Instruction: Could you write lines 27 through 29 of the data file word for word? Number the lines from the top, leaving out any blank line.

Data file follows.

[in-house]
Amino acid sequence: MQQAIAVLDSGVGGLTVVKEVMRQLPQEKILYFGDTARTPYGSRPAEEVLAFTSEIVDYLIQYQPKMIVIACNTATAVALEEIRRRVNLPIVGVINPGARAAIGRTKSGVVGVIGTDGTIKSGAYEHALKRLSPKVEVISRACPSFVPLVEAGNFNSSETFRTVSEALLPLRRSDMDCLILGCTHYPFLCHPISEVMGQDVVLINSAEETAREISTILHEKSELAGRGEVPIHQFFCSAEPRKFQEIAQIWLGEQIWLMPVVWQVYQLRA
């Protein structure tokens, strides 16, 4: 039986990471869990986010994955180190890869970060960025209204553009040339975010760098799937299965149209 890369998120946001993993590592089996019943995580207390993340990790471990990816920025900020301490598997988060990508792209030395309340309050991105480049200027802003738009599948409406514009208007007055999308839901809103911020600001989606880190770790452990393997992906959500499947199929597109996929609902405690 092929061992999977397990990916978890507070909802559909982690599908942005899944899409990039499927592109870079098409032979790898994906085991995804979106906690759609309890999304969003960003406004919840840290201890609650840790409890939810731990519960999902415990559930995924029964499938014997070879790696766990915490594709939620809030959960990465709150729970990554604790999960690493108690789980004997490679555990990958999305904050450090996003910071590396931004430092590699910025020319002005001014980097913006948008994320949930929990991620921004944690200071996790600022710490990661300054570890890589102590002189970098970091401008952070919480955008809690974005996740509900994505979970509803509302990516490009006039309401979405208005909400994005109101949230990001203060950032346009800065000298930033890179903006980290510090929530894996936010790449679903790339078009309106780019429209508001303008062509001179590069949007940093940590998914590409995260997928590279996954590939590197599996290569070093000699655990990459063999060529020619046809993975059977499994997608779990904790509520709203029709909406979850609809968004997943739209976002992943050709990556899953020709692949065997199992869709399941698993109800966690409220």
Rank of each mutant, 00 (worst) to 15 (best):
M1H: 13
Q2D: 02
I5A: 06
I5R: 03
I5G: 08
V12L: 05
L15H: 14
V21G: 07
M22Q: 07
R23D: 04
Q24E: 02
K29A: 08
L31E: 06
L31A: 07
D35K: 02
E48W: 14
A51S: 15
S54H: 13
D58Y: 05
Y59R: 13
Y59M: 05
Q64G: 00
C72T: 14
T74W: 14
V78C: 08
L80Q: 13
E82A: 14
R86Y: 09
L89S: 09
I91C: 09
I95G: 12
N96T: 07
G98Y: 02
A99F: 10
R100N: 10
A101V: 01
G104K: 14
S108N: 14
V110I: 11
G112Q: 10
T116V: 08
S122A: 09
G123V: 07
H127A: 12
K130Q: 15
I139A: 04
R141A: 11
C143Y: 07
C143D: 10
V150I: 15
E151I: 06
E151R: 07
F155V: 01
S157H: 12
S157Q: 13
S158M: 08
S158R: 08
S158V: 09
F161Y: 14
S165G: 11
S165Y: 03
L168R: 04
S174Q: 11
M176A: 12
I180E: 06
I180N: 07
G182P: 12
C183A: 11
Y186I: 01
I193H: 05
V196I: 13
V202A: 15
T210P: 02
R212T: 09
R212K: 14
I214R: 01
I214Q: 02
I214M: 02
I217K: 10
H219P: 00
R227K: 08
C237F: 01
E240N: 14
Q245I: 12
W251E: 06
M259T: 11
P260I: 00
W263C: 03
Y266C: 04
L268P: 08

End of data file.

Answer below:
C72T: 14
T74W: 14
V78C: 08